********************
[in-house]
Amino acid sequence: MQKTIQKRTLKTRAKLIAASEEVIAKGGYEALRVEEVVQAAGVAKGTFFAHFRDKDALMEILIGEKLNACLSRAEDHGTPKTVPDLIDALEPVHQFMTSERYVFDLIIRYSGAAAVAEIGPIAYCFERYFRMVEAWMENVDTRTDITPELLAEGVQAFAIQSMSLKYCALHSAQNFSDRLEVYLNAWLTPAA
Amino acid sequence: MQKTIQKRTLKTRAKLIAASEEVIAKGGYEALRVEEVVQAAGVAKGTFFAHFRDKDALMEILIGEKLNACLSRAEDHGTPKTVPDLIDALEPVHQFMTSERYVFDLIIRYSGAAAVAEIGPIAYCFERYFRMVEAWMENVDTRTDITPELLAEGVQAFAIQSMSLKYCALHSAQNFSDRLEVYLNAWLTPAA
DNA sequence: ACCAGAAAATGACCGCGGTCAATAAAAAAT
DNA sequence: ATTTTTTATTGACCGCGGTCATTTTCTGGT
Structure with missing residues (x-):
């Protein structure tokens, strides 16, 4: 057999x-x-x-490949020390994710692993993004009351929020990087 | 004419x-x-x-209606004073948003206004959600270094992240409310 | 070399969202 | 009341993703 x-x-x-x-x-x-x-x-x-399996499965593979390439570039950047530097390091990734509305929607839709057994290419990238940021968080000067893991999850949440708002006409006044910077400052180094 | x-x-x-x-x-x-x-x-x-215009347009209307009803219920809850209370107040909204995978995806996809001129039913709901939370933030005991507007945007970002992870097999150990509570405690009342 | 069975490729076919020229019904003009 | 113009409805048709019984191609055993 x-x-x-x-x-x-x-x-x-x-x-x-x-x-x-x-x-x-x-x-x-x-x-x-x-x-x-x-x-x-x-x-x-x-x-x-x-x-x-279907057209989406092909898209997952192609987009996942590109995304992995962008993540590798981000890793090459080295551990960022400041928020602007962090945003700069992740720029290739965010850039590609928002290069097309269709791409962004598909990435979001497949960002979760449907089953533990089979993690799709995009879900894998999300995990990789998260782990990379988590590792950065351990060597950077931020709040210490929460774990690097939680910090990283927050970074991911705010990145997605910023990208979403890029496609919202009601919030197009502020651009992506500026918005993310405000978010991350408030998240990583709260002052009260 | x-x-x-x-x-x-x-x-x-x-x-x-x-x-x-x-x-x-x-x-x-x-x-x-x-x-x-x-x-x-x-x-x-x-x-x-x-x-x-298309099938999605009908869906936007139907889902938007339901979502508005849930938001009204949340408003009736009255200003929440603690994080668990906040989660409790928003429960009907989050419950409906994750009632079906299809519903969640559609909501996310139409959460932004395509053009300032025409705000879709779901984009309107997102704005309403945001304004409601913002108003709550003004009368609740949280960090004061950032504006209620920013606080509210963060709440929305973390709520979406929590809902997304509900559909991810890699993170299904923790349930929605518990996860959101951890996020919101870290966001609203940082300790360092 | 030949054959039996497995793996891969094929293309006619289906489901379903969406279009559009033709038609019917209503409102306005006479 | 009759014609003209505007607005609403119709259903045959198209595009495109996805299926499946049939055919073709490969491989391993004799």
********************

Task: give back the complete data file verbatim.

[in-house]
Amino acid sequence: MQKTIQKRTLKTRAKLIAASEEVIAKGGYEALRVEEVVQAAGVAKGTFFAHFRDKDALMEILIGEKLNACLSRAEDHGTPKTVPDLIDALEPVHQFMTSERYVFDLIIRYSGAAAVAEIGPIAYCFERYFRMVEAWMENVDTRTDITPELLAEGVQAFAIQSMSLKYCALHSAQNFSDRLEVYLNAWLTPAA
Amino acid sequence: MQKTIQKRTLKTRAKLIAASEEVIAKGGYEALRVEEVVQAAGVAKGTFFAHFRDKDALMEILIGEKLNACLSRAEDHGTPKTVPDLIDALEPVHQFMTSERYVFDLIIRYSGAAAVAEIGPIAYCFERYFRMVEAWMENVDTRTDITPELLAEGVQAFAIQSMSLKYCALHSAQNFSDRLEVYLNAWLTPAA
DNA sequence: ACCAGAAAATGACCGCGGTCAATAAAAAAT
DNA sequence: ATTTTTTATTGACCGCGGTCATTTTCTGGT
Structure with missing residues (x-):
């Protein structure tokens, strides 16, 4: 057999x-x-x-490949020390994710692993993004009351929020990087 | 004419x-x-x-209606004073948003206004959600270094992240409310 | 070399969202 | 009341993703 x-x-x-x-x-x-x-x-x-399996499965593979390439570039950047530097390091990734509305929607839709057994290419990238940021968080000067893991999850949440708002006409006044910077400052180094 | x-x-x-x-x-x-x-x-x-215009347009209307009803219920809850209370107040909204995978995806996809001129039913709901939370933030005991507007945007970002992870097999150990509570405690009342 | 069975490729076919020229019904003009 | 113009409805048709019984191609055993 x-x-x-x-x-x-x-x-x-x-x-x-x-x-x-x-x-x-x-x-x-x-x-x-x-x-x-x-x-x-x-x-x-x-x-x-x-x-x-279907057209989406092909898209997952192609987009996942590109995304992995962008993540590798981000890793090459080295551990960022400041928020602007962090945003700069992740720029290739965010850039590609928002290069097309269709791409962004598909990435979001497949960002979760449907089953533990089979993690799709995009879900894998999300995990990789998260782990990379988590590792950065351990060597950077931020709040210490929460774990690097939680910090990283927050970074991911705010990145997605910023990208979403890029496609919202009601919030197009502020651009992506500026918005993310405000978010991350408030998240990583709260002052009260 | x-x-x-x-x-x-x-x-x-x-x-x-x-x-x-x-x-x-x-x-x-x-x-x-x-x-x-x-x-x-x-x-x-x-x-x-x-x-x-298309099938999605009908869906936007139907889902938007339901979502508005849930938001009204949340408003009736009255200003929440603690994080668990906040989660409790928003429960009907989050419950409906994750009632079906299809519903969640559609909501996310139409959460932004395509053009300032025409705000879709779901984009309107997102704005309403945001304004409601913002108003709550003004009368609740949280960090004061950032504006209620920013606080509210963060709440929305973390709520979406929590809902997304509900559909991810890699993170299904923790349930929605518990996860959101951890996020919101870290966001609203940082300790360092 | 030949054959039996497995793996891969094929293309006619289906489901379903969406279009559009033709038609019917209503409102306005006479 | 009759014609003209505007607005609403119709259903045959198209595009495109996805299926499946049939055919073709490969491989391993004799």